By Lisa Rix - ELA Briefing - June 2019
Having just celebrated the anniversary of GDPR, now seems a good opportunity to reflect on the impact that it has had on litigation. Below, we explore the typical stages of the litigation process and consider what lawyers need to think about in respect of data protection obligations.
When advising clients on their GDPR compliance, we should always aim to prepare clients – from a GDPR perspective – for any future litigation.
First, we should advise clients to set their retention periods to allow time to fight cases and defend claims. As most claims have a six-year limitation period, a seven-year retention period will usually be appropriate (allowing for the limitation period plus a ‘buffer’ year for the client to be made aware of any such claim). However, some potential claims may require clients to set a longer period; for example, where claims may arise in relation to a deed (where 13 years would be more appropriate).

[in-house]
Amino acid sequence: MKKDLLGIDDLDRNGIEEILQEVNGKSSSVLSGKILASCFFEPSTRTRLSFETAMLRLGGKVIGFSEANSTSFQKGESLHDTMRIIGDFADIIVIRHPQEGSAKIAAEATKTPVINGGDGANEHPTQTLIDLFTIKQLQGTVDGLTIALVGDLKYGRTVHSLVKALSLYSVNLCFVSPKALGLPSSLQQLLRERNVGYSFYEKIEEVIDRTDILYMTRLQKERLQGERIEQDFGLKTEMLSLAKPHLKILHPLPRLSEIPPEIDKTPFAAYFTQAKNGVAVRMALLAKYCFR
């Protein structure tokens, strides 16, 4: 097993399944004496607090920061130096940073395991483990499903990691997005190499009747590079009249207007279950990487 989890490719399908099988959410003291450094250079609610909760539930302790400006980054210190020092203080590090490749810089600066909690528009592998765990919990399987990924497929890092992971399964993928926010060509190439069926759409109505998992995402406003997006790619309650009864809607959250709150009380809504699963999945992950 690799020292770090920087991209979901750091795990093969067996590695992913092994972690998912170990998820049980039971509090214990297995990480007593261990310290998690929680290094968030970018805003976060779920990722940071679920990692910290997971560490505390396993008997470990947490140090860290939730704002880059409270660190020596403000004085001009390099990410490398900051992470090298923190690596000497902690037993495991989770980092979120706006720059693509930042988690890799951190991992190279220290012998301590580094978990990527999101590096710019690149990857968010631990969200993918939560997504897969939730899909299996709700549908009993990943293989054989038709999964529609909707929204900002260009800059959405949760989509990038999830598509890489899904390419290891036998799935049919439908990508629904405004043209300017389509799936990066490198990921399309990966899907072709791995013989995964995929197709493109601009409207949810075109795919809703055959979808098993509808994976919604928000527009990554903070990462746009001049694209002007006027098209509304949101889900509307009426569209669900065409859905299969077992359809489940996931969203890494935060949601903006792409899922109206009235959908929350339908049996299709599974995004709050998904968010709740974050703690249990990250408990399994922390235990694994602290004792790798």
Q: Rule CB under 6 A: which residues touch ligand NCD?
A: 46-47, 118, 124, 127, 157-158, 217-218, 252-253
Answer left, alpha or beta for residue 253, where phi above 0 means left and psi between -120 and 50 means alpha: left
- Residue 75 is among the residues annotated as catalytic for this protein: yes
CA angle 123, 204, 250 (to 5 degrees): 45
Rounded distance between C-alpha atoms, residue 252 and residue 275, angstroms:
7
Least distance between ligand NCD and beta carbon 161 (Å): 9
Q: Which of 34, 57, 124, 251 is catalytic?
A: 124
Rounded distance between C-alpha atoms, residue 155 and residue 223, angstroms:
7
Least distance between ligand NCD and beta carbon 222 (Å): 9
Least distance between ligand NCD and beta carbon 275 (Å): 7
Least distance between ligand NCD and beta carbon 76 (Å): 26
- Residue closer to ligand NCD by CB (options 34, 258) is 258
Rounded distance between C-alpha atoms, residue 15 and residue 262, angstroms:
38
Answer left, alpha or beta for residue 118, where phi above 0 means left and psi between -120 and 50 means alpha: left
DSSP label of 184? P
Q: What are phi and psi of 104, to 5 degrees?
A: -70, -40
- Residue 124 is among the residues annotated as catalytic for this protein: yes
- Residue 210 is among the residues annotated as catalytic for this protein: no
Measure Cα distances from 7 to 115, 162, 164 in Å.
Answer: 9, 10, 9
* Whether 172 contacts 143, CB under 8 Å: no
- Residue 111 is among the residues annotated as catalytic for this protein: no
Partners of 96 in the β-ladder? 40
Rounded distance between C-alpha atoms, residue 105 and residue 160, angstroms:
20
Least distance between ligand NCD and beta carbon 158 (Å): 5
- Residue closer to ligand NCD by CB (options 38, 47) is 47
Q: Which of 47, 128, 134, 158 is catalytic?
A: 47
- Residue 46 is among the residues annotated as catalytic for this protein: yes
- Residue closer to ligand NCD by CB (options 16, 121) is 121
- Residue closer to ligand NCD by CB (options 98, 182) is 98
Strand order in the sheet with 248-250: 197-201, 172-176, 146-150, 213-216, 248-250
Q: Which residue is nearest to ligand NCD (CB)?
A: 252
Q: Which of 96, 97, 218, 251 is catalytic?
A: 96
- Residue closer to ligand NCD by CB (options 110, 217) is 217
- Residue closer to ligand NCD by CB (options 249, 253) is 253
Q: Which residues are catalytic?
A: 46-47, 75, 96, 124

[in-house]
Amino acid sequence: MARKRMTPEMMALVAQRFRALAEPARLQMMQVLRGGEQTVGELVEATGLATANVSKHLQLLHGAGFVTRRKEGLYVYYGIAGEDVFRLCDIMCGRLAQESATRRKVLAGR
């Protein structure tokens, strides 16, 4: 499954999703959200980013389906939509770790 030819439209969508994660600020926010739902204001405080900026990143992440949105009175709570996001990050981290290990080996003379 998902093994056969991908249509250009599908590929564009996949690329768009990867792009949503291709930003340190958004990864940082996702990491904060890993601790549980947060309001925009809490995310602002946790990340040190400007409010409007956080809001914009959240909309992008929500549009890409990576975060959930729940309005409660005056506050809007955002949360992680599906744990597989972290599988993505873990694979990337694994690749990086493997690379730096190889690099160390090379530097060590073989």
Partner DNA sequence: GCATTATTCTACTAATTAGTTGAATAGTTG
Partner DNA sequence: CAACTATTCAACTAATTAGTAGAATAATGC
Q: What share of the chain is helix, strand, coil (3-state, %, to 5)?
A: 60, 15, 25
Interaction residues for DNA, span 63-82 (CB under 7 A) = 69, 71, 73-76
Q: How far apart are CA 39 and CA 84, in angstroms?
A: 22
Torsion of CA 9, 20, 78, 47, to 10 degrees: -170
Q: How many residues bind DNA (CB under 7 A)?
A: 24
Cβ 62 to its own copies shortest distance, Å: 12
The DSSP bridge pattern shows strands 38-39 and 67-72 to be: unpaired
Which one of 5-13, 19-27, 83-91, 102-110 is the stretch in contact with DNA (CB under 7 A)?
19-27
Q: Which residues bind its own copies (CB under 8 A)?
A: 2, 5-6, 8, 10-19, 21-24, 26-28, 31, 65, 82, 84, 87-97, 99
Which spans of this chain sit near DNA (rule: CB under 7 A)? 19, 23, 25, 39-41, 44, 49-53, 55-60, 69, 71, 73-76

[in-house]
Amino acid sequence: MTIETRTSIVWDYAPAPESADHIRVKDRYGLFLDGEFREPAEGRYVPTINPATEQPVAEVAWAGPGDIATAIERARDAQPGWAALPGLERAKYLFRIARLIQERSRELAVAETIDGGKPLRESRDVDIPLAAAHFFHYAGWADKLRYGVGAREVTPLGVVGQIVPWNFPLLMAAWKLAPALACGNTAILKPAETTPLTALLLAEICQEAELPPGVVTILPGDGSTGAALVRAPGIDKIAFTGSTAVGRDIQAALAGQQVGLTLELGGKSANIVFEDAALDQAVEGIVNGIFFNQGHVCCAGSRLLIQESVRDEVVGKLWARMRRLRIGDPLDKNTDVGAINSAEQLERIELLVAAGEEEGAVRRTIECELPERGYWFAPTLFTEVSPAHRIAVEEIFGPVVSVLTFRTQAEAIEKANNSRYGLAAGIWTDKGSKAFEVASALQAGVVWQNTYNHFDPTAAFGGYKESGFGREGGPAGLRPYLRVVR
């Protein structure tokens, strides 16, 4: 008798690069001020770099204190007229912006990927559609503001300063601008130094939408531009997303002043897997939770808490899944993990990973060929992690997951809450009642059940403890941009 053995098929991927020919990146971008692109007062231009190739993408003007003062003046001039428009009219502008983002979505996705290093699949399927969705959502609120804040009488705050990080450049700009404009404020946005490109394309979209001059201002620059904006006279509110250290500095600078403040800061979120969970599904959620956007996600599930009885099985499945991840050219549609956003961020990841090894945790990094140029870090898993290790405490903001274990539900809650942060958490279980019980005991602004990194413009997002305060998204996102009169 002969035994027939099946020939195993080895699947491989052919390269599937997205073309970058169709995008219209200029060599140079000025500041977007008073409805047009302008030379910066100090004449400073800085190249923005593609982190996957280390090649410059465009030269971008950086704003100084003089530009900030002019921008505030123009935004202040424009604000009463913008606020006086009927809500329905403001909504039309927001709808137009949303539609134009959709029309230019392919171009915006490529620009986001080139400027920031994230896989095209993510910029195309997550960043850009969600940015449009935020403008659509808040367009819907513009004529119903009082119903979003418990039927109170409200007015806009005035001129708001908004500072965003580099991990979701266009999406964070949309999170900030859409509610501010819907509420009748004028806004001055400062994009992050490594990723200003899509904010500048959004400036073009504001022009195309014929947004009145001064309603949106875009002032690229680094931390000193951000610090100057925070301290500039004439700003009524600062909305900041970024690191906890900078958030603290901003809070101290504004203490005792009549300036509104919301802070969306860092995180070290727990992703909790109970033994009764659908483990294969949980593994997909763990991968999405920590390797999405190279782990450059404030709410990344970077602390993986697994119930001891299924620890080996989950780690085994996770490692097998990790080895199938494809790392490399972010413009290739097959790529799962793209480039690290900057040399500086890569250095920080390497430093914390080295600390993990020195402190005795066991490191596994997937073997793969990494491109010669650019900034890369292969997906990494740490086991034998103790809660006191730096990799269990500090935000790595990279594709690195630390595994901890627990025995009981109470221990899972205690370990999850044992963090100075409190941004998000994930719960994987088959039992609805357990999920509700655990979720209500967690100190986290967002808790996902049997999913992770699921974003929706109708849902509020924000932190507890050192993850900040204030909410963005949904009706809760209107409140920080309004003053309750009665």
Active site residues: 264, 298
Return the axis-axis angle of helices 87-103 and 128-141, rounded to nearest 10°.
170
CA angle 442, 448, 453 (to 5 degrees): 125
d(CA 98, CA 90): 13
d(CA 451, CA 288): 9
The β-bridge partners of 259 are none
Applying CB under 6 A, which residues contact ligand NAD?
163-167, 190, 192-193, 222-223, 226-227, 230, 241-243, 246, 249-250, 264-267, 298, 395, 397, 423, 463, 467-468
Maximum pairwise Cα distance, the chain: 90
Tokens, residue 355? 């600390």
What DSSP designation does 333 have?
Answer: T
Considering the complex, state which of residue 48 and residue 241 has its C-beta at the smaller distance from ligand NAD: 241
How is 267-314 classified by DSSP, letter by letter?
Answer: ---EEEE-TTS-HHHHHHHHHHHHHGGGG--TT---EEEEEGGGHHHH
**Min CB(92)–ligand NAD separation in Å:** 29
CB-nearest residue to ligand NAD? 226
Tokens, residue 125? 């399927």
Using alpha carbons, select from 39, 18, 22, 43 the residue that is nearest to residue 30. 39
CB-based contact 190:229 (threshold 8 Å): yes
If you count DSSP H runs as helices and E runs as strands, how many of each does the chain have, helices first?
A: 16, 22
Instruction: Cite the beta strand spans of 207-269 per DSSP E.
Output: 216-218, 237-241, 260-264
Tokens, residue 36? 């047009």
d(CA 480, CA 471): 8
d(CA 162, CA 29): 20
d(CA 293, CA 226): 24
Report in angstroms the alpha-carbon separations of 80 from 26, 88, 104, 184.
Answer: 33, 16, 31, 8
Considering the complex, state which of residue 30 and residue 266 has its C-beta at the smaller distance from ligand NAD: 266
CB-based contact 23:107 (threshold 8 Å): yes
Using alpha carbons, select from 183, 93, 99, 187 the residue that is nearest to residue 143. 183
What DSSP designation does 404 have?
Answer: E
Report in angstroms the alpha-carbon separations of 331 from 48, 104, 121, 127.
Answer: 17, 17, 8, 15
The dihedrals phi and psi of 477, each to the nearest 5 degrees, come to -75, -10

Secondly, although strictly clients need not provide references to personal data being disclosed as part of legal proceedings in their privacy notices (due to an exemption in para 5(3), Part 1, Sch.2 DPA 2018), it is probably still good practice for clients to set out in their privacy notices broad references to:
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